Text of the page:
‘Online not enough’: The art and science of successful omnichannel retailing

The future is bright for bricks and mortar retailers who integrate technology into their store processes while still connecting with consumers on an emotional level, says Dr Nadia Shouraboura, a Soviet-born mathematician turned omnichannel retail pioneer.

Shouraboura, a software developer and robotics engineer, joined Amazon.com in 2004 as technology vice president of Amazon’s worldwide operations, responsible for the technology powering Amazon’s global supply chain and fulfillment.

Today she is the CEO of US-based retail technology company Hointer, which developed from a bricks and mortar clothing store which integrates technology, robots and social media to help increase sales and could change the way shoppers behave.

Tired of spending her days refolding piles of jeans and awkwardly delivering different sized clothes to semi-naked people in change rooms,  Shouraboura decided she would let technology take over those tasks.

To unclutter the store she moved all but one of each item into the back of the store. Using a QR code and the Hointer app, consumers hold their phones up to a piece of clothing in the store and their size is delivered to the change room.  No more rifling through racks of clothes or carrying them around store.

Shouraboura said 80 per cent of people who enter the store use the fitting rooms (“Because it’s fun”) and take 12 items or more to try on.

Once inside the fitting room, customers can request different sizes, which slide down a rail into the change room and they can also return an item of clothing by putting it in a shute, similar to returning a library book. Anything that is delivered to the change room appears in the shoppers’ virtual shopping cart, which they can pay for a self-serve checkout.

These progresses are what Shouraboura calls the “science” of retail, but what will really make a retailer successful is the “art” — giving consumers an emotional connection to a product.

Knowing where inventory is, making sure sales staff are on task and that customers get their items quickly, “All that science is  really important, it has to be there because that science exists for online shopping so it has to exist in-store,” she said.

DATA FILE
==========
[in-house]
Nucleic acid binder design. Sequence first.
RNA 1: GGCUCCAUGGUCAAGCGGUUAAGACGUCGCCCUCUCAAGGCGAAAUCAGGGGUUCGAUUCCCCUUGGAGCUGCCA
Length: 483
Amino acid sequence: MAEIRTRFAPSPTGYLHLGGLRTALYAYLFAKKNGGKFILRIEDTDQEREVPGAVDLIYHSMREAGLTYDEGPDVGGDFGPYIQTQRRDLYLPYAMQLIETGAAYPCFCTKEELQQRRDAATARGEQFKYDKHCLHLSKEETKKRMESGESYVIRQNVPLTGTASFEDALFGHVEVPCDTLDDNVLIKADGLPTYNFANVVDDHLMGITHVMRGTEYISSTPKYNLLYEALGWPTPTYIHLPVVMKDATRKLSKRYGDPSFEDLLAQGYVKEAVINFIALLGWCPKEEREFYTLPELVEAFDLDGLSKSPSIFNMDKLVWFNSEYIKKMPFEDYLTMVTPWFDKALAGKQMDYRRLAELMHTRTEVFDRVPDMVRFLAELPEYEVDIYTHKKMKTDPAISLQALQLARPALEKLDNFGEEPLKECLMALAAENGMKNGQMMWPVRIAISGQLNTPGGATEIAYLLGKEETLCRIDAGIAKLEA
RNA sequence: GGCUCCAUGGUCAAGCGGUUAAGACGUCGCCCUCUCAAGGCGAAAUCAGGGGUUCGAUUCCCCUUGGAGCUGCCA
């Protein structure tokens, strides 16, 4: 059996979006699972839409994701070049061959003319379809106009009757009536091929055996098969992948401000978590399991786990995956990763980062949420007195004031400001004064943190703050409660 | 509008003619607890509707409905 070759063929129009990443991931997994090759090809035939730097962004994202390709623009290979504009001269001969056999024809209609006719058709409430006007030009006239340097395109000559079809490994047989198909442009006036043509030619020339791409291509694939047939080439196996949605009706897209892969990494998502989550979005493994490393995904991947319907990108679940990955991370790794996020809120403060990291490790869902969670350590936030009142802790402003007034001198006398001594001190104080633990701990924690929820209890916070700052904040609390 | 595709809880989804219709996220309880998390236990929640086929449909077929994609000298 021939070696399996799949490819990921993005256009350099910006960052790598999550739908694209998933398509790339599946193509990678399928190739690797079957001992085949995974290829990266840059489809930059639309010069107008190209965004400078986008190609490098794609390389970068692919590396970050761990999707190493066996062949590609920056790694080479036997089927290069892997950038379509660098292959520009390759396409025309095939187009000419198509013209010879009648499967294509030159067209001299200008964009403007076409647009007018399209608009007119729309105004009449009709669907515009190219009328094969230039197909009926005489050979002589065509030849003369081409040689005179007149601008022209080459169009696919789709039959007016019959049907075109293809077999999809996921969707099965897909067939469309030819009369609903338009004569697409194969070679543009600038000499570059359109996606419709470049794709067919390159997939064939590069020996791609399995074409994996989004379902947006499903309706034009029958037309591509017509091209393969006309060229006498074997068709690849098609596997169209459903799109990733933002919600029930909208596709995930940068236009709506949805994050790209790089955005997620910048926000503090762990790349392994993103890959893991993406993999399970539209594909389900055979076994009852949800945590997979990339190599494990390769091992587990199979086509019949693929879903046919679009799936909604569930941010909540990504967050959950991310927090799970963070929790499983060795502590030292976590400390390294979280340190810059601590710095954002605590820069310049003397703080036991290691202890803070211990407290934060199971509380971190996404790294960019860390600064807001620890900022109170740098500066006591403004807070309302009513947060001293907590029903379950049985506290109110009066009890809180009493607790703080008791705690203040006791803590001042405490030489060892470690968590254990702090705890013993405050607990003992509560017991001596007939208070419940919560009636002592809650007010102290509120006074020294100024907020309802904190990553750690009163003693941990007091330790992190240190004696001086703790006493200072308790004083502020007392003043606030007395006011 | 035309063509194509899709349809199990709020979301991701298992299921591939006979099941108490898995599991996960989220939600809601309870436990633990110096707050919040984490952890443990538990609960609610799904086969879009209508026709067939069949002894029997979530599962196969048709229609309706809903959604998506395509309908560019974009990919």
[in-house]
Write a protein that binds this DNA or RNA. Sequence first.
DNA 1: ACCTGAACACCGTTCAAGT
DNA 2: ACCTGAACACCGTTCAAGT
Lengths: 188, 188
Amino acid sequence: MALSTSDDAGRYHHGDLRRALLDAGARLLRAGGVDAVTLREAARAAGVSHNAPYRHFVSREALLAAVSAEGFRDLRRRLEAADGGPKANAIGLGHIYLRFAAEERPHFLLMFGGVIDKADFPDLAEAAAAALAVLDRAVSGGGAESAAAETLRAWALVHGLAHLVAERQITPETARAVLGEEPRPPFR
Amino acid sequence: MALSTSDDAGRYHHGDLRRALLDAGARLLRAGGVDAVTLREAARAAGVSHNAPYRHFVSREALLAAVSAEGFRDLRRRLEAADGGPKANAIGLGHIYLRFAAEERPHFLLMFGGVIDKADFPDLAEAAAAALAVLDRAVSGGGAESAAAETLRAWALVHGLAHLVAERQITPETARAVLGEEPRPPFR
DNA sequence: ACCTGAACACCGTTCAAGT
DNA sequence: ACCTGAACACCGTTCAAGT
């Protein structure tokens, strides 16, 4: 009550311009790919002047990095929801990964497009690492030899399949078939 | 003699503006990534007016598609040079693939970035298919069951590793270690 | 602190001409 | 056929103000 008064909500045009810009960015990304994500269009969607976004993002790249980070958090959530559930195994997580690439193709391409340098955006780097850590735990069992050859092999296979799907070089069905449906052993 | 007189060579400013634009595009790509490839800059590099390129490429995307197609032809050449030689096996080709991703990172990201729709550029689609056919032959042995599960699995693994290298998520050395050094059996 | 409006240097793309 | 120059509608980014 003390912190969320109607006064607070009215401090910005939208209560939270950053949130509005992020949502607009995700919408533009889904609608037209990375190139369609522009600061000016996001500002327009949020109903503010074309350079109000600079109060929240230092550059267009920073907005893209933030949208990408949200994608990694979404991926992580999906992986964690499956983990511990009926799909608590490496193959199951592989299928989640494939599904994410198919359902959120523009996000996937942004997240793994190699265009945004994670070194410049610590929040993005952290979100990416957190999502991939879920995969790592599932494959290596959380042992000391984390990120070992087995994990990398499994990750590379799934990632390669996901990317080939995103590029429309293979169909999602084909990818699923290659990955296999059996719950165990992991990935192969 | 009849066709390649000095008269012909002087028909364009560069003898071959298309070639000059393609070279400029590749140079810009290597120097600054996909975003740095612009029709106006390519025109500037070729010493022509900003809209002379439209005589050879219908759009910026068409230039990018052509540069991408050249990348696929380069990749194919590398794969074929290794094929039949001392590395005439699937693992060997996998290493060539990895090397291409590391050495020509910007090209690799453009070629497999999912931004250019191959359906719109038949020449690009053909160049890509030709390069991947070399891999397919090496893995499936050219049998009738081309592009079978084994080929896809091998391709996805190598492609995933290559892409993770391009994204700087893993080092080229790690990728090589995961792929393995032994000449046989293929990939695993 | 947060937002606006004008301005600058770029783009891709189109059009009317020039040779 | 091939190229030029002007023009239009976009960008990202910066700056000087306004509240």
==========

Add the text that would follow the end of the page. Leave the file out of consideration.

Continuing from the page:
To enrich the shopping experience, once an item is scanned it also shows the most popular social media post of that item, for example sales of a pair of black pants boomed once shoppers where shown a picture of Prince Harry wearing the same pair. The system also provides product recommendations and sales staff can be called to assist if need be.

It’s this emotional connection that will keep physical retailers in business alongside online retailers.

“Online will always be a wonderful way to shop… but  when it comes to playing with toys, when it comes to touching your cellphone, when you really want to connect with it, buying online is just not good enough.”

The Hointer system has been adapted for different stores, including a toy store which was converted into a big playroom that keeps track of which toys children were playing with and adds them to their parent’s virtual shopping cart, which they can chose to buy on their way out of the store.

The Australian Financial Review has reported that  Shouraboura is now in talks with several retailers, including a major consumer electronics chain in the United States, about incorporating Hointer’s technology into their models.

Consumers already shop with phones in their hands, retailers using this to their advantage might not be too far off.

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